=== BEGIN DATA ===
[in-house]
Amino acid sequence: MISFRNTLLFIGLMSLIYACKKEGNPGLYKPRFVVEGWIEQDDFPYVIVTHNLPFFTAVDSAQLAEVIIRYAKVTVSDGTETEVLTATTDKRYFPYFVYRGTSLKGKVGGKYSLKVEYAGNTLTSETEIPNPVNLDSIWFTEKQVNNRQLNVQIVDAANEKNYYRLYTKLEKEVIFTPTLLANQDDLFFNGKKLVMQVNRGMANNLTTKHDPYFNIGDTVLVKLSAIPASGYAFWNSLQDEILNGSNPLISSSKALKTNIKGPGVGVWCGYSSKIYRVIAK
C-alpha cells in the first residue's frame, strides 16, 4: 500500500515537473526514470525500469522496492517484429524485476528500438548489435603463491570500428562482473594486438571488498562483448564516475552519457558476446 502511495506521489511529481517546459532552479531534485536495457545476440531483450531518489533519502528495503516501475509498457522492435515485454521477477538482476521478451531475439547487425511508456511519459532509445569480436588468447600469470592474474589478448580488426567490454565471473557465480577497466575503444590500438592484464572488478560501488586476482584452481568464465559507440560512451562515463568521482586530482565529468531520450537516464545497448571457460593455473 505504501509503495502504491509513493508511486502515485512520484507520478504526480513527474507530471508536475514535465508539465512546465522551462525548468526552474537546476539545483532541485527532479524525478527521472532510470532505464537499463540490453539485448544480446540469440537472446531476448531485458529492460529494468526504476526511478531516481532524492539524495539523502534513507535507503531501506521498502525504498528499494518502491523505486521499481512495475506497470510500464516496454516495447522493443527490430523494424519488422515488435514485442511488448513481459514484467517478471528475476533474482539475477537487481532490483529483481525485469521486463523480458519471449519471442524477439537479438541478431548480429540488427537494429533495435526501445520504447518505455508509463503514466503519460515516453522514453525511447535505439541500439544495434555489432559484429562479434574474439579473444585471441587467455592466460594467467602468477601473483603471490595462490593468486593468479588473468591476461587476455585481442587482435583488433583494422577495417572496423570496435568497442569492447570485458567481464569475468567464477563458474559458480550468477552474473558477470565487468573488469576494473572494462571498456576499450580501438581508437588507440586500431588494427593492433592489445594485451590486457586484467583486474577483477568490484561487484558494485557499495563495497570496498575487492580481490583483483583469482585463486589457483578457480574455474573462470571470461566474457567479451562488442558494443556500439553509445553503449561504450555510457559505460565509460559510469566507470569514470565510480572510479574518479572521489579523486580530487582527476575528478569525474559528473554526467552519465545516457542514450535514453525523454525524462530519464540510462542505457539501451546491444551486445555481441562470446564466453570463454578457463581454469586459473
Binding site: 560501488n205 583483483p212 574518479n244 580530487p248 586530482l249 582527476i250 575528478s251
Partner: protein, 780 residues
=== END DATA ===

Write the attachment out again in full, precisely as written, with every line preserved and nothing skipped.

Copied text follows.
[in-house]
Amino acid sequence: MISFRNTLLFIGLMSLIYACKKEGNPGLYKPRFVVEGWIEQDDFPYVIVTHNLPFFTAVDSAQLAEVIIRYAKVTVSDGTETEVLTATTDKRYFPYFVYRGTSLKGKVGGKYSLKVEYAGNTLTSETEIPNPVNLDSIWFTEKQVNNRQLNVQIVDAANEKNYYRLYTKLEKEVIFTPTLLANQDDLFFNGKKLVMQVNRGMANNLTTKHDPYFNIGDTVLVKLSAIPASGYAFWNSLQDEILNGSNPLISSSKALKTNIKGPGVGVWCGYSSKIYRVIAK
C-alpha cells in the first residue's frame, strides 16, 4: 500500500515537473526514470525500469522496492517484429524485476528500438548489435603463491570500428562482473594486438571488498562483448564516475552519457558476446 502511495506521489511529481517546459532552479531534485536495457545476440531483450531518489533519502528495503516501475509498457522492435515485454521477477538482476521478451531475439547487425511508456511519459532509445569480436588468447600469470592474474589478448580488426567490454565471473557465480577497466575503444590500438592484464572488478560501488586476482584452481568464465559507440560512451562515463568521482586530482565529468531520450537516464545497448571457460593455473 505504501509503495502504491509513493508511486502515485512520484507520478504526480513527474507530471508536475514535465508539465512546465522551462525548468526552474537546476539545483532541485527532479524525478527521472532510470532505464537499463540490453539485448544480446540469440537472446531476448531485458529492460529494468526504476526511478531516481532524492539524495539523502534513507535507503531501506521498502525504498528499494518502491523505486521499481512495475506497470510500464516496454516495447522493443527490430523494424519488422515488435514485442511488448513481459514484467517478471528475476533474482539475477537487481532490483529483481525485469521486463523480458519471449519471442524477439537479438541478431548480429540488427537494429533495435526501445520504447518505455508509463503514466503519460515516453522514453525511447535505439541500439544495434555489432559484429562479434574474439579473444585471441587467455592466460594467467602468477601473483603471490595462490593468486593468479588473468591476461587476455585481442587482435583488433583494422577495417572496423570496435568497442569492447570485458567481464569475468567464477563458474559458480550468477552474473558477470565487468573488469576494473572494462571498456576499450580501438581508437588507440586500431588494427593492433592489445594485451590486457586484467583486474577483477568490484561487484558494485557499495563495497570496498575487492580481490583483483583469482585463486589457483578457480574455474573462470571470461566474457567479451562488442558494443556500439553509445553503449561504450555510457559505460565509460559510469566507470569514470565510480572510479574518479572521489579523486580530487582527476575528478569525474559528473554526467552519465545516457542514450535514453525523454525524462530519464540510462542505457539501451546491444551486445555481441562470446564466453570463454578457463581454469586459473
Binding site: 560501488n205 583483483p212 574518479n244 580530487p248 586530482l249 582527476i250 575528478s251
Partner: protein, 780 residues